So, around 1:15am, Chad called the after hours doctor line through Grisinger and told the nurse Lu's symptoms and she said we had better go to the ER. When the ER doctor first listened to Lu's lungs she said, "They sound a little wet." My first instinct was to shout, "How dare you!" Let me add a little back story here. I have mentioned many times that pneumonia is a very common and very serious complication of Rett Syndrome. Children with Rett get it a lot. I have seen many girls spend weeks in the hospital trying to recover from pneumonia. In addition to the usual ways people get pneumonia, children with Rett can also get aspiration pneumonia from aspirating on their food or drink. So, any time in the past that Lu has been coughing, phlegmy, and had any kind of fever, I take her to the doctor...just to make sure. And each and every time the doctor has said her lungs sound good. And then this morning they sounded "a little wet". However, fortunately, after a lung x-Ray it was determined that she did not appear to have any pneumonia. The doctor did say though that aspiration pneumonia can take a little longer to show up, so we followed up with the pediatrician this afternoon. She said she sounded barely wheezy at all now.
While at the hospital during the night, Lu had two breathing treatments of albuterol, more Tylenol, a steroid, and swabs for the flu. The nurse also was able to suction a bunch of junk from the back of her throat. But, she is still full of snot. So we left with a prescription for a nebulizer to use at home. We have done two treatments on our own and we are staggering Advil and Tylenol to keep her temperature down.
Here is what Lu has done for the past two and a half days:
And here is what she wanted to express while at the doctor appointment this afternoon:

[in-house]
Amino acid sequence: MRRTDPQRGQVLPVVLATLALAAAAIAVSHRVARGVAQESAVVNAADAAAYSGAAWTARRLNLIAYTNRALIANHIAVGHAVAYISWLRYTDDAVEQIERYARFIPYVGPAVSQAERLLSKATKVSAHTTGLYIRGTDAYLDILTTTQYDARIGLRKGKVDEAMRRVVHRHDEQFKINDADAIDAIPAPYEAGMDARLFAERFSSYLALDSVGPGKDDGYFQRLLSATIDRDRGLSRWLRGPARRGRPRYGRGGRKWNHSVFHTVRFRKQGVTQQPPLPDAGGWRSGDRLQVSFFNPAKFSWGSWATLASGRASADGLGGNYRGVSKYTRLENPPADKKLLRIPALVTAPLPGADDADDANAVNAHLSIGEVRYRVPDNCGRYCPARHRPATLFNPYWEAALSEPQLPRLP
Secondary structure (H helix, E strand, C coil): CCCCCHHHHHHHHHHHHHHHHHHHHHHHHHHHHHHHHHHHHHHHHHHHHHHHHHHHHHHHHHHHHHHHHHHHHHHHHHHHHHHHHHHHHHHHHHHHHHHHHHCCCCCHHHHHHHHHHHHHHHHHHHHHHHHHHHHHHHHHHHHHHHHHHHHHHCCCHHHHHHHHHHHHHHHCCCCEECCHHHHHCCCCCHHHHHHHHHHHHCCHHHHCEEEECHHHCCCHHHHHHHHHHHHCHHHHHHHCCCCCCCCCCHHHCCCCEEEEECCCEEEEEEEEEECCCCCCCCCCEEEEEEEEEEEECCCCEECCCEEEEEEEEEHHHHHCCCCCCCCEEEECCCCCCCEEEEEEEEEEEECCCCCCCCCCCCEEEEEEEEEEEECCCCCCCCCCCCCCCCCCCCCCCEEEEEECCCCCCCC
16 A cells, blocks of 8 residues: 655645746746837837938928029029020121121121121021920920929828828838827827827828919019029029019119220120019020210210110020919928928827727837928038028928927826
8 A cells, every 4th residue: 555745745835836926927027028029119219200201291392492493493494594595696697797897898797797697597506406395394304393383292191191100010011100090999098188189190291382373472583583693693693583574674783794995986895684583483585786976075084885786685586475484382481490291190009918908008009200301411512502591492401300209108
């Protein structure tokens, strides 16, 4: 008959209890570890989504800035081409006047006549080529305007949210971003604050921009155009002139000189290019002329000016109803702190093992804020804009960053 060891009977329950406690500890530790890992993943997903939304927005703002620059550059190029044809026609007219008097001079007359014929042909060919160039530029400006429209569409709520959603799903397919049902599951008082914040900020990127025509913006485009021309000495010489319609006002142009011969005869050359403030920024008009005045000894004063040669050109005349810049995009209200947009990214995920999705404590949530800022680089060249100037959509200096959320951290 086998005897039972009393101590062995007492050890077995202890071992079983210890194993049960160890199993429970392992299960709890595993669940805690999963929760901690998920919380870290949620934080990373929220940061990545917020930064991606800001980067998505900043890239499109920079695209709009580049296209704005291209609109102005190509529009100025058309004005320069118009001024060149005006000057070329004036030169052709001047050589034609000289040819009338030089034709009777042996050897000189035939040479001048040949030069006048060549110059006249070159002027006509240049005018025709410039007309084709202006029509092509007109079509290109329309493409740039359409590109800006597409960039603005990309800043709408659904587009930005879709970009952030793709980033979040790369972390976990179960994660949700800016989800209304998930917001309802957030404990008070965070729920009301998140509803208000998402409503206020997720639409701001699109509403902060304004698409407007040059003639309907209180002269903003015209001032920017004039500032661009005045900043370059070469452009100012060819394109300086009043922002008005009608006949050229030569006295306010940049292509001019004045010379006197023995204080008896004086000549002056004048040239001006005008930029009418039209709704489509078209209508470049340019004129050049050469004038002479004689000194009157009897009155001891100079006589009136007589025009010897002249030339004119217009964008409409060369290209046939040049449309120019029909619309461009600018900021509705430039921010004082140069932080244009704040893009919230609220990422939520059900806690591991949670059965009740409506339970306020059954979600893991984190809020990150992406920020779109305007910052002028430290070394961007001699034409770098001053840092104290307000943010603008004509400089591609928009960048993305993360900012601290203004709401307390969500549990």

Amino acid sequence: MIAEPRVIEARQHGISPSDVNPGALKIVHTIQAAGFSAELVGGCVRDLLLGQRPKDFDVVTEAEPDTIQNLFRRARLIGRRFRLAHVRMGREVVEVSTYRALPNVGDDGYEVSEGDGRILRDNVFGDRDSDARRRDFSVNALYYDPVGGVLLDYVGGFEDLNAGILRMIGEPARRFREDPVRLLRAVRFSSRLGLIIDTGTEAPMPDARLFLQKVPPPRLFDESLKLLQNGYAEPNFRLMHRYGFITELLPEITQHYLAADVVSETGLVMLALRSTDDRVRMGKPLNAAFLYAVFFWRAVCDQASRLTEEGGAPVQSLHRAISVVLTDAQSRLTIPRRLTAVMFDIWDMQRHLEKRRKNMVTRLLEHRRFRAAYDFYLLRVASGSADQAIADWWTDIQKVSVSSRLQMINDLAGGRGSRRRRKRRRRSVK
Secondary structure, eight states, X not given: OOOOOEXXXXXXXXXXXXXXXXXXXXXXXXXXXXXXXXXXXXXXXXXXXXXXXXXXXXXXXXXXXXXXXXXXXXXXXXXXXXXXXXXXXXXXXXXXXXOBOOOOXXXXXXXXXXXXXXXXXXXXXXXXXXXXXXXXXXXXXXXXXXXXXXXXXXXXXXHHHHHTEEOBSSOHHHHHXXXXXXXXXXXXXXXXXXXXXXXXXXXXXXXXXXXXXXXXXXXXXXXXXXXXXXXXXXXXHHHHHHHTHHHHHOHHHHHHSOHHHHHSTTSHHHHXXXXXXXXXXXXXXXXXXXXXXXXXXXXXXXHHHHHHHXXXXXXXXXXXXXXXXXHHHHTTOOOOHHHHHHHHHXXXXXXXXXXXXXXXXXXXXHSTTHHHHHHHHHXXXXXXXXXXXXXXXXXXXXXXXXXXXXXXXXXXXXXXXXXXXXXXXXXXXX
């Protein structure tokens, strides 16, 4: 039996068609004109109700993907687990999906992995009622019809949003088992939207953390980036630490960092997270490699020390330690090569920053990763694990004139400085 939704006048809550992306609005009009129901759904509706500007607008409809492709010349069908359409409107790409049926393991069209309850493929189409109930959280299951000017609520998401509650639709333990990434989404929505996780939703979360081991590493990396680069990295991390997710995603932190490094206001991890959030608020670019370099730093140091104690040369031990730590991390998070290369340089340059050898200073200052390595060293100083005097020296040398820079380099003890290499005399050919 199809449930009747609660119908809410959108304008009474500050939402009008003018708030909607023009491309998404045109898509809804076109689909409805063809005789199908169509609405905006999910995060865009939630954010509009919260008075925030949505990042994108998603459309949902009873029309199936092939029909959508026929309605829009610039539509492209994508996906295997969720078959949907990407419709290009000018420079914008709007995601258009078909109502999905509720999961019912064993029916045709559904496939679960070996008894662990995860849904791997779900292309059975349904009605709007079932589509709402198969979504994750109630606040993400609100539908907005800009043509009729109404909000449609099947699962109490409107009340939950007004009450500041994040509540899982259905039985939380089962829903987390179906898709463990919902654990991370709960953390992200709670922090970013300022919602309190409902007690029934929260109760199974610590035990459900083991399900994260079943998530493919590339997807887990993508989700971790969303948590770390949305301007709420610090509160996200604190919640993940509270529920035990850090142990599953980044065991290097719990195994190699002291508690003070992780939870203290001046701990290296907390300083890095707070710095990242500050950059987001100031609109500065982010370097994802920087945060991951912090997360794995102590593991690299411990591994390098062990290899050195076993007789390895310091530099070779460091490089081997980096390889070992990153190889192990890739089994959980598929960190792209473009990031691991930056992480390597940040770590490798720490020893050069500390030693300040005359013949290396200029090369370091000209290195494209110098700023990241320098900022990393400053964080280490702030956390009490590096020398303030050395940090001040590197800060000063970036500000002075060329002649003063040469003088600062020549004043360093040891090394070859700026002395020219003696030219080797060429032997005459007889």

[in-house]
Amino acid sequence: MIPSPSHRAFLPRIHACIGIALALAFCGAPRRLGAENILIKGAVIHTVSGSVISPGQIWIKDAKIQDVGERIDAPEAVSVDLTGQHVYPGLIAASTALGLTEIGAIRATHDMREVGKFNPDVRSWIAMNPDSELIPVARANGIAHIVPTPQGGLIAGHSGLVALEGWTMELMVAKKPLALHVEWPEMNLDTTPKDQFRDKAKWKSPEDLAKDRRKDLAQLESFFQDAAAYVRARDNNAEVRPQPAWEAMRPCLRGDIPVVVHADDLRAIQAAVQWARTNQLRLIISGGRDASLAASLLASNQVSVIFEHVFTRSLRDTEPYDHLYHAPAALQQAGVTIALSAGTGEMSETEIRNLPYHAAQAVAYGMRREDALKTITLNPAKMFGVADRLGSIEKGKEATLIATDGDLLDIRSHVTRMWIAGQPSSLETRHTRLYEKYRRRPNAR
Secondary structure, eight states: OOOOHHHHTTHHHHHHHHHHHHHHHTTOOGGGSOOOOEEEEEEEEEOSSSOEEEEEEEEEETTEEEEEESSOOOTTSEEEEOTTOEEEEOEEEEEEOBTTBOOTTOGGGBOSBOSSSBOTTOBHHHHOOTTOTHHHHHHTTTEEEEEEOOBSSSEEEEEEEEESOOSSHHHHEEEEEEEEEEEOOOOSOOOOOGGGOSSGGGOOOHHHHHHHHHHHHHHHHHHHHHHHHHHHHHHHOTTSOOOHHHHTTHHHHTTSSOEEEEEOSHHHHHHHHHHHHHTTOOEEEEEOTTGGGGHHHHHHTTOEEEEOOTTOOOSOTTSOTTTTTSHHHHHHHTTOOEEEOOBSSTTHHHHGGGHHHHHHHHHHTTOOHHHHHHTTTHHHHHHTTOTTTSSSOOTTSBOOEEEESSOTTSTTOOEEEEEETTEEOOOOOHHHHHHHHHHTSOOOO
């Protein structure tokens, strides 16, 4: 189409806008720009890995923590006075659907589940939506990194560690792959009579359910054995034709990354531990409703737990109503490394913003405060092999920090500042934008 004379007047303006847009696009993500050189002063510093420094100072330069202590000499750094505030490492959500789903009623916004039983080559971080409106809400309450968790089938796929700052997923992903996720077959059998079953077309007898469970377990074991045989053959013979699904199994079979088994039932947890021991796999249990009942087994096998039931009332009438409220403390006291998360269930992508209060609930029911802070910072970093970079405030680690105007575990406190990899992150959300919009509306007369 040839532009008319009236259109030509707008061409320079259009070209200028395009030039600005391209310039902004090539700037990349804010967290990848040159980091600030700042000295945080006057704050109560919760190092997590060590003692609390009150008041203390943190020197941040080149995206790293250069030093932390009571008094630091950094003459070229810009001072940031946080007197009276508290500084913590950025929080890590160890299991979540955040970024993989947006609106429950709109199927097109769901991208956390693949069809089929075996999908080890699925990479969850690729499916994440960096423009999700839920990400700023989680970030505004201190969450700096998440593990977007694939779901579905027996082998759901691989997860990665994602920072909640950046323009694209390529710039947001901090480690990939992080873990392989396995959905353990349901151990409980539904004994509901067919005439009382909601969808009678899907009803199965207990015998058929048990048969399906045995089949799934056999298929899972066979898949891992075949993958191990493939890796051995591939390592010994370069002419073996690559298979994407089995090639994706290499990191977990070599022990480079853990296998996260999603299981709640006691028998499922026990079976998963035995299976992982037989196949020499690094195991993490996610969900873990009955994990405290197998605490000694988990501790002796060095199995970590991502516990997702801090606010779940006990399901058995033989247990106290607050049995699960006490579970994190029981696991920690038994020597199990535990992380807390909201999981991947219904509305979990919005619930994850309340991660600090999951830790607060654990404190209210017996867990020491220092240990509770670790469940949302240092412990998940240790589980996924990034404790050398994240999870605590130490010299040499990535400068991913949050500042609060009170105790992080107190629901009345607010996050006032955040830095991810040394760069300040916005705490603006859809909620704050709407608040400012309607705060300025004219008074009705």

So she doesn't have pneumonia and we are so, so, so very glad for that. But I'll tell you what, when that woman said her lungs sounded "a little bit wet" I felt like she had just slapped me across the face. Or socked me in the gut, or tore my heart right from my chest. It was difficult to accept the facts when we determined that Lu needed a feeding tube, but Rett Syndrome just takes control of her mouth and her body, and no matter what I tried to do to stop her from losing weight, it just didn't help. And seizures, well, there just isn't much I can do about those either. If they are going to happen, they will happen, and our only line of defense at this point is medication. But getting sick, getting "wet" sounding lungs, I have a whole heck of a lot more control over that. And so I might be a bit of a zealot about trying to keep Lu from getting sick. I don't send her to school. I don't let therapists come when they are even a little sick. But I know I can only do so much and we still certainly go out to all kinds of public places and have people over...I don't keep her in a bubble (yet).
The plan now is to just get the sickness out of her before it settles in and tries to become pneumonia, or an ear infection, or whatever else it might want terrorize her with. She's just so pale and lethargic. I miss her. I miss her being awake and talking to us and smiling. I'm a little sad that she slept through Christmas. I am mostly sad because she and I worked really hard for months on homemade presents for everyone and she missed them being opened. She always gets pretty excited to give gifts and see people get excited about them. There's always next year.
Anyway, Chad and I had about two hours of sleep last night and some snippets of cat naps here and there throughout the day, so we are exhausted. I'll post a healthy picture when Lu gets better, which will hopefully be soon!